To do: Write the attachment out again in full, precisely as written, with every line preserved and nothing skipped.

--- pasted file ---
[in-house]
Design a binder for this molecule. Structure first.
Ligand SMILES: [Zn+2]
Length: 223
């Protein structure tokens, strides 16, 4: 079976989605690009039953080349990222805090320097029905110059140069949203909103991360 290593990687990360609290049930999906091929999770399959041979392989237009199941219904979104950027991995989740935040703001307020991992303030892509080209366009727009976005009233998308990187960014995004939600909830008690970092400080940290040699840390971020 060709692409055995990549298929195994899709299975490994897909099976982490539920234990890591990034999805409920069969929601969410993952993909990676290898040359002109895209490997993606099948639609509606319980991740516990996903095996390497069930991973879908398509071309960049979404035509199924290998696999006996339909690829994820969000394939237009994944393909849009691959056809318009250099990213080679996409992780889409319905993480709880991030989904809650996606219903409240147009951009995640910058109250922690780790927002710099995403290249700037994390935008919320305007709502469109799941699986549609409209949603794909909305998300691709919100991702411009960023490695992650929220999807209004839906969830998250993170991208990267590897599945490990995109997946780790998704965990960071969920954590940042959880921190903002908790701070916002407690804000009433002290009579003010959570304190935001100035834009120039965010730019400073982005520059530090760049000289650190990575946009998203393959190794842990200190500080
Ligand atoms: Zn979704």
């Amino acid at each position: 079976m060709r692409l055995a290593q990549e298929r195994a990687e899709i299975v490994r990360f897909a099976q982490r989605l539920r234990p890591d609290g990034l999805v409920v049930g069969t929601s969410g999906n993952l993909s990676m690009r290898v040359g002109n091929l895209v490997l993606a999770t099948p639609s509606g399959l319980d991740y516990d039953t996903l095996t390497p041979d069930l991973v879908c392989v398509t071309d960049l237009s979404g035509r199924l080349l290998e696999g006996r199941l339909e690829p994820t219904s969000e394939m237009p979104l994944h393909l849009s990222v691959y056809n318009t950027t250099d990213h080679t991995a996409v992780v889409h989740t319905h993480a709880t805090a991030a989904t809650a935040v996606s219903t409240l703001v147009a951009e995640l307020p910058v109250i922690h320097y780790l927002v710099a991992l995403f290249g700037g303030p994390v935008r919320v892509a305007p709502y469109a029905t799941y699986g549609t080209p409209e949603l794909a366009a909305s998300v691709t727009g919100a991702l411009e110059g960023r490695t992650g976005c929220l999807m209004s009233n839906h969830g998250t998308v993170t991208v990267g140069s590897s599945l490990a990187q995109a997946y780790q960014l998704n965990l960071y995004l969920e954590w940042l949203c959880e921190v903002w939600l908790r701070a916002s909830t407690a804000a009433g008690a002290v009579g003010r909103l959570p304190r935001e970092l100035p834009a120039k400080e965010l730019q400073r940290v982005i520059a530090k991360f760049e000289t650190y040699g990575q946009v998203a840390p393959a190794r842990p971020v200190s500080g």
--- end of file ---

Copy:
[in-house]
Design a binder for this molecule. Structure first.
Ligand SMILES: [Zn+2]
Length: 223
């Protein structure tokens, strides 16, 4: 079976989605690009039953080349990222805090320097029905110059140069949203909103991360 290593990687990360609290049930999906091929999770399959041979392989237009199941219904979104950027991995989740935040703001307020991992303030892509080209366009727009976005009233998308990187960014995004939600909830008690970092400080940290040699840390971020 060709692409055995990549298929195994899709299975490994897909099976982490539920234990890591990034999805409920069969929601969410993952993909990676290898040359002109895209490997993606099948639609509606319980991740516990996903095996390497069930991973879908398509071309960049979404035509199924290998696999006996339909690829994820969000394939237009994944393909849009691959056809318009250099990213080679996409992780889409319905993480709880991030989904809650996606219903409240147009951009995640910058109250922690780790927002710099995403290249700037994390935008919320305007709502469109799941699986549609409209949603794909909305998300691709919100991702411009960023490695992650929220999807209004839906969830998250993170991208990267590897599945490990995109997946780790998704965990960071969920954590940042959880921190903002908790701070916002407690804000009433002290009579003010959570304190935001100035834009120039965010730019400073982005520059530090760049000289650190990575946009998203393959190794842990200190500080
Ligand atoms: Zn979704």
């Amino acid at each position: 079976m060709r692409l055995a290593q990549e298929r195994a990687e899709i299975v490994r990360f897909a099976q982490r989605l539920r234990p890591d609290g990034l999805v409920v049930g069969t929601s969410g999906n993952l993909s990676m690009r290898v040359g002109n091929l895209v490997l993606a999770t099948p639609s509606g399959l319980d991740y516990d039953t996903l095996t390497p041979d069930l991973v879908c392989v398509t071309d960049l237009s979404g035509r199924l080349l290998e696999g006996r199941l339909e690829p994820t219904s969000e394939m237009p979104l994944h393909l849009s990222v691959y056809n318009t950027t250099d990213h080679t991995a996409v992780v889409h989740t319905h993480a709880t805090a991030a989904t809650a935040v996606s219903t409240l703001v147009a951009e995640l307020p910058v109250i922690h320097y780790l927002v710099a991992l995403f290249g700037g303030p994390v935008r919320v892509a305007p709502y469109a029905t799941y699986g549609t080209p409209e949603l794909a366009a909305s998300v691709t727009g919100a991702l411009e110059g960023r490695t992650g976005c929220l999807m209004s009233n839906h969830g998250t998308v993170t991208v990267g140069s590897s599945l490990a990187q995109a997946y780790q960014l998704n965990l960071y995004l969920e954590w940042l949203c959880e921190v903002w939600l908790r701070a916002s909830t407690a804000a009433g008690a002290v009579g003010r909103l959570p304190r935001e970092l100035p834009a120039k400080e965010l730019q400073r940290v982005i520059a530090k991360f760049e000289t650190y040699g990575q946009v998203a840390p393959a190794r842990p971020v200190s500080g």